So basically you're telling me to just make it skip around really fast like in a multiplexed display. My MCU has a 20MHz clock speed. Do you think that will be fast enough? I can't imagine it wouldn't be. I don't want the robot to miss a sensor reading or skip a LED on the light bar.

Yes pretty much. And depending on your processor and the language you choose, you can do a hell of a lot of skipping with 20Mhz. If there are still critical things that can`t be missed (like encoders) you can use interrupts to get the processors attention.

Ok, feeling stupid here because I used to know this, but never use them; what are interupts?

Interrupts are triggers that make the processor pause its current operations and handle the interrupt. Once thats done it returns to where it left off. Interrupts can be triggered from lots of different stuff like internal timers ticking over or when an input pin state changes.

The OOPic is not programmable in C, Java or VB.  It allows you to program it using various syntax models, which isn't the same thing.  In any case, if you're after a cheap multi-tasking uController, perhaps the Parallax Propeller is an option?  It can be programmed in a language called Spin, which is quite easy to learn if you know VB or some other BASIC-like language or Python.  It has 8 cores running at 80MHz, so multitasking is not a problem.  It can also be programmed in C, if you'd prefer that.

- Xander


I know it's not actually programable in C, Java, or VB. The IDE just lets you use those. The IDE also let's you review the actual output to the EEPROM. Quite a handy feature for double checking the efficiency of code. I'll look into the Propeller. The VGA output capabilites are tempting.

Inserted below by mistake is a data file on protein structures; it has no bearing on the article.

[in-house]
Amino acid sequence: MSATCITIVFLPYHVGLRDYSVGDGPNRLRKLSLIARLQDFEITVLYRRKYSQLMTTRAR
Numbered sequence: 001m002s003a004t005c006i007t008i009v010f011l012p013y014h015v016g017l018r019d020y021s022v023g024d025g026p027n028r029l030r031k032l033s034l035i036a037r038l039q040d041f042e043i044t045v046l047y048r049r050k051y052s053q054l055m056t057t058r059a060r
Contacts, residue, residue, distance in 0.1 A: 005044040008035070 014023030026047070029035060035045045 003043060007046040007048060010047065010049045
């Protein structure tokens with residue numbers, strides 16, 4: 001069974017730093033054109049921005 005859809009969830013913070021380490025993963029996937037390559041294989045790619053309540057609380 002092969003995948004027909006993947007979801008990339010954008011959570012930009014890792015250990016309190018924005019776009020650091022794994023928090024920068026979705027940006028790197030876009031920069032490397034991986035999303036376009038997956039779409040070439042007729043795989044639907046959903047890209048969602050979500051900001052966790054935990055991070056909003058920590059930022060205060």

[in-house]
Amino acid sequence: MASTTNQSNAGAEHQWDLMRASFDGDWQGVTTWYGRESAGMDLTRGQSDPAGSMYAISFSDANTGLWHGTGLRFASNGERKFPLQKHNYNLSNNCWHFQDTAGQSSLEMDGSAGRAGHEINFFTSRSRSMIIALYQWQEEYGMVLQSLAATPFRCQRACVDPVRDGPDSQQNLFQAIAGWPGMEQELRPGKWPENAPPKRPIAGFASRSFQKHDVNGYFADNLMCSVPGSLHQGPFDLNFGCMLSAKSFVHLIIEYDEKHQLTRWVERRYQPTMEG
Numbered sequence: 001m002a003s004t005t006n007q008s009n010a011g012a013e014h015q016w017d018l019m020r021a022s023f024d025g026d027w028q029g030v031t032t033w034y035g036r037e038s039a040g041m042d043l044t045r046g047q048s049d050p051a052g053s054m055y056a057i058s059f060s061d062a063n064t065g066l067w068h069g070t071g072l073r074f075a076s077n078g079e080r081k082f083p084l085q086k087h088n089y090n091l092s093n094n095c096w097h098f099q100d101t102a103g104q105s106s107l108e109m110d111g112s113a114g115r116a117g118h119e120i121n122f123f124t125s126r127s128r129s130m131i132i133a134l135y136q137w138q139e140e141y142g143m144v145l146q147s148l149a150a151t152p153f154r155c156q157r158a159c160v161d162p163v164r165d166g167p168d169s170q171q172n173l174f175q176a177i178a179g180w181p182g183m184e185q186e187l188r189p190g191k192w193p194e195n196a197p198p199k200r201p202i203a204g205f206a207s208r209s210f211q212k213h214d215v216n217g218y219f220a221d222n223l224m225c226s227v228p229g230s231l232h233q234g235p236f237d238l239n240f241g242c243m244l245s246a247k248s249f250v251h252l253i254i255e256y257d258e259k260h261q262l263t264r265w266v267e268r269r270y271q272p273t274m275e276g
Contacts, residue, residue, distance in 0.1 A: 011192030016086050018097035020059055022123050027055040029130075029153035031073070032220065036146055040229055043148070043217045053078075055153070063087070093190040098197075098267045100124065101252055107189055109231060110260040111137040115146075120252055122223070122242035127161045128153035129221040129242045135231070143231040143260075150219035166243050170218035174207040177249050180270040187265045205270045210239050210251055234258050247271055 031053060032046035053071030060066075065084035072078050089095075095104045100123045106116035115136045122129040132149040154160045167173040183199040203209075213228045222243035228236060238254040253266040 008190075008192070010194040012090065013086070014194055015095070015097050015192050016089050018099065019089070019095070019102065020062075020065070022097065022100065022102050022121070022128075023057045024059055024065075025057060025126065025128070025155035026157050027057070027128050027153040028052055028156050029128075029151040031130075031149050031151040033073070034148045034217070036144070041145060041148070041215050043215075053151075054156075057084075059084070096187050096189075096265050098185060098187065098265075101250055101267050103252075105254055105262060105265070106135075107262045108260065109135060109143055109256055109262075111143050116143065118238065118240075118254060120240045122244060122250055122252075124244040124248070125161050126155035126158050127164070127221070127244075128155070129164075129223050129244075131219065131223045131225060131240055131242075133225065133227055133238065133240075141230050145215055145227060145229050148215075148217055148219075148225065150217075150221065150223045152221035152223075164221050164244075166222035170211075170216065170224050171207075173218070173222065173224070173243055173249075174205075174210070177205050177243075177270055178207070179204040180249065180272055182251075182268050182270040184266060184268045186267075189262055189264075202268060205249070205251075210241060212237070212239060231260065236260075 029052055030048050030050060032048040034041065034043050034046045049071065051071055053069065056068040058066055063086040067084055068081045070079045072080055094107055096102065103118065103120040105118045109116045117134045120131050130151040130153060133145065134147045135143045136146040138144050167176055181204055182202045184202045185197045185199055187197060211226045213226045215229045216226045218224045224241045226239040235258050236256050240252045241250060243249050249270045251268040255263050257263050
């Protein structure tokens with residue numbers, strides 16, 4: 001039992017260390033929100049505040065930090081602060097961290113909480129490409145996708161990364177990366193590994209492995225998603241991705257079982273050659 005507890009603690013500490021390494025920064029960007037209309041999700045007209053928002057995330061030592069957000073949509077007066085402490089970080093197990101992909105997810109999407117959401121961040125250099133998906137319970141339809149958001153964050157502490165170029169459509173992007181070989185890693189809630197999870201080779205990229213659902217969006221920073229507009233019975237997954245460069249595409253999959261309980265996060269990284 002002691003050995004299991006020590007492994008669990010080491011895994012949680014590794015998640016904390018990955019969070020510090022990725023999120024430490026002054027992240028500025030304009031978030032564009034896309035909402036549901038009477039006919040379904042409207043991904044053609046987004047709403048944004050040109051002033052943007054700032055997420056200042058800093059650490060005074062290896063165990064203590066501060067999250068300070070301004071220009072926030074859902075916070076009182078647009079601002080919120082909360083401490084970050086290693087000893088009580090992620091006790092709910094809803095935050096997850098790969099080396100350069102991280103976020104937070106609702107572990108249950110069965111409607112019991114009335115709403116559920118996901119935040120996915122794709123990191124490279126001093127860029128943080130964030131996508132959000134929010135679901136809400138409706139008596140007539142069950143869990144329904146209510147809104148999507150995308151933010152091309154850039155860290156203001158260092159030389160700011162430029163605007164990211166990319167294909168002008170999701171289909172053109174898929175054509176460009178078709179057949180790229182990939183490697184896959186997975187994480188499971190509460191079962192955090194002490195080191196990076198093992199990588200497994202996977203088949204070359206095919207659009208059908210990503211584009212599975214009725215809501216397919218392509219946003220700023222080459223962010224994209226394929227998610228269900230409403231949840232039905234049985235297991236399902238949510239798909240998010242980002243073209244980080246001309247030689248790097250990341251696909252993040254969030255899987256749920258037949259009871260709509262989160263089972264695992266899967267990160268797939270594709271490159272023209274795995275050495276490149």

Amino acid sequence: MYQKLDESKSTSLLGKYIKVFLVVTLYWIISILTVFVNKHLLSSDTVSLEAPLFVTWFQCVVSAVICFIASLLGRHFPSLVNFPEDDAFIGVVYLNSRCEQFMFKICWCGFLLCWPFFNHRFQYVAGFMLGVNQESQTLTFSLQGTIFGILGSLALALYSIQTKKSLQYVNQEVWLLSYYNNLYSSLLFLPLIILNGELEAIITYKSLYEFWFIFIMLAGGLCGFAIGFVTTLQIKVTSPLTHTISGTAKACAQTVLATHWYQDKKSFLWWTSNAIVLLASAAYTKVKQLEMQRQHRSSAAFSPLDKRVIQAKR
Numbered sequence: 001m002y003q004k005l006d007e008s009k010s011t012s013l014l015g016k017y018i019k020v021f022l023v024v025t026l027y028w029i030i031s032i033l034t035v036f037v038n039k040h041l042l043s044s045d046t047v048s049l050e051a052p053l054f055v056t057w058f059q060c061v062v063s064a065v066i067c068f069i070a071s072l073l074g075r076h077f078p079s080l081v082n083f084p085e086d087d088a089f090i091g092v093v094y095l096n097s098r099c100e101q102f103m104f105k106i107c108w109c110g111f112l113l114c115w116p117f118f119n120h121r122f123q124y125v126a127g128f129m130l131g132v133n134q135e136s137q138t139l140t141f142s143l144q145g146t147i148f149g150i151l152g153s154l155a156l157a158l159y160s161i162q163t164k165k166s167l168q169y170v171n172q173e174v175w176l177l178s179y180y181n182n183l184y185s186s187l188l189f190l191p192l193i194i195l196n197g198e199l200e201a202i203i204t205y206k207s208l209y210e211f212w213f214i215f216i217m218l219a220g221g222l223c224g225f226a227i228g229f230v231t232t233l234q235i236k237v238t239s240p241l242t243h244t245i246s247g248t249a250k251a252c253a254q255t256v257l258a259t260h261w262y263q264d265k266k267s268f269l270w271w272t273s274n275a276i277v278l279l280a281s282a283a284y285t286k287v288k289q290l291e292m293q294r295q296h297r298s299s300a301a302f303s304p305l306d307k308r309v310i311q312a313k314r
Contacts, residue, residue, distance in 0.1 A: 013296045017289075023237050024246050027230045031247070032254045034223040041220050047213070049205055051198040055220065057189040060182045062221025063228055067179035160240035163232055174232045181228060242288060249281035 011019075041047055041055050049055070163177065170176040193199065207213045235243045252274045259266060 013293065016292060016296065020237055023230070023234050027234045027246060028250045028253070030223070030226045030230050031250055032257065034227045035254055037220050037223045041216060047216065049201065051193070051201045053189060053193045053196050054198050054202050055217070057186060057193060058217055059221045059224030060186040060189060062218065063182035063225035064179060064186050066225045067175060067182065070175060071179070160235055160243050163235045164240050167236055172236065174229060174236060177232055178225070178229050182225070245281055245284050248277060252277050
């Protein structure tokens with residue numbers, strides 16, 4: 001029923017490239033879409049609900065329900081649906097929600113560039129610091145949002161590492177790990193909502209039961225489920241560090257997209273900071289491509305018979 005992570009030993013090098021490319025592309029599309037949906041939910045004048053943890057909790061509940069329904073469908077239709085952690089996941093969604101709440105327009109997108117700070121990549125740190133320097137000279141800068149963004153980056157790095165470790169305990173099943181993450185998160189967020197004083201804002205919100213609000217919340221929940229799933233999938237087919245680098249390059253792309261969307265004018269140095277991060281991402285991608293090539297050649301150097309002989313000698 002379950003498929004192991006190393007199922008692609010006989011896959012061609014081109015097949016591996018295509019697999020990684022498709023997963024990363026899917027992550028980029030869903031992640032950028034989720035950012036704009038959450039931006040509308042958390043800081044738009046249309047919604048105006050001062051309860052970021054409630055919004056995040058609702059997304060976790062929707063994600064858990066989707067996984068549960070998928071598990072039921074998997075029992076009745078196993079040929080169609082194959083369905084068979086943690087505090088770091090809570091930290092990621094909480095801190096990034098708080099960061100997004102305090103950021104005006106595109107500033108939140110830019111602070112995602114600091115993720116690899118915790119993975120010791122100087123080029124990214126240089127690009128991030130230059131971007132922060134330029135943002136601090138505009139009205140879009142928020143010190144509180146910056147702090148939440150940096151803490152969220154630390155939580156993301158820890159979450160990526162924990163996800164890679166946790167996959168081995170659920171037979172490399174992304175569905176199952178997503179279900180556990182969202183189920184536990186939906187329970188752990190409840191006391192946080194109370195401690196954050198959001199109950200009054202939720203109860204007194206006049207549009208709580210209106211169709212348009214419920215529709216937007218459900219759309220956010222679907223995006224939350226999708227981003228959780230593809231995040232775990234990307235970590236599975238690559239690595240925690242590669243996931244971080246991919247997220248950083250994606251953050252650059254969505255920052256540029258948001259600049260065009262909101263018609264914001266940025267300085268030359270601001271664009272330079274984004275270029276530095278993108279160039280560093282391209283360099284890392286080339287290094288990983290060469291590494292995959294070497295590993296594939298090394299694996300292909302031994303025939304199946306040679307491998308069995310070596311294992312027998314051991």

Have you looked into a chip that multitasks? The Propeller does and can be programmed in several languages like the ones you mentioned. In my TOBI robot I have one cog [sub processor] scanning all sensors and putting the results into variables, another feeding pulses to the drives, another doing ramp rate changes to the drives, and still another taking the sensor readings and doing object avoidance all the while the first one reads the RC link and decides how to move unless it is overrided or blended with the results of the object avoidance cog. In short I am using 5-6 cogs [sub processors] out of the available 8. I program in Spin [a spin off of basic that multitasks] but it can be programmed in C, Java, Basic and many more languages.

Also you can think of something else. You can use several of your Pic's. Each working on a set of processes and each communicating to the others. I know of several robots using more than one Propeller. Norrislabs has several that use that approach.

Ya, I've looked into XMOS proccessors and heard the Propeller has threading, but I'm kinda low on funds at the moment. Man, I REALLY need to sit down and learn C. I feel so useless without knowing how to program in C.

Everyone has run into this problem and I have to say that "skipping" is a very valid option... There is another option as well, more chips! My robot solves this issue simply by having 7 different processors onboard. A master, some slaves, some interrupts and some serial communication and bam, 7 things at once.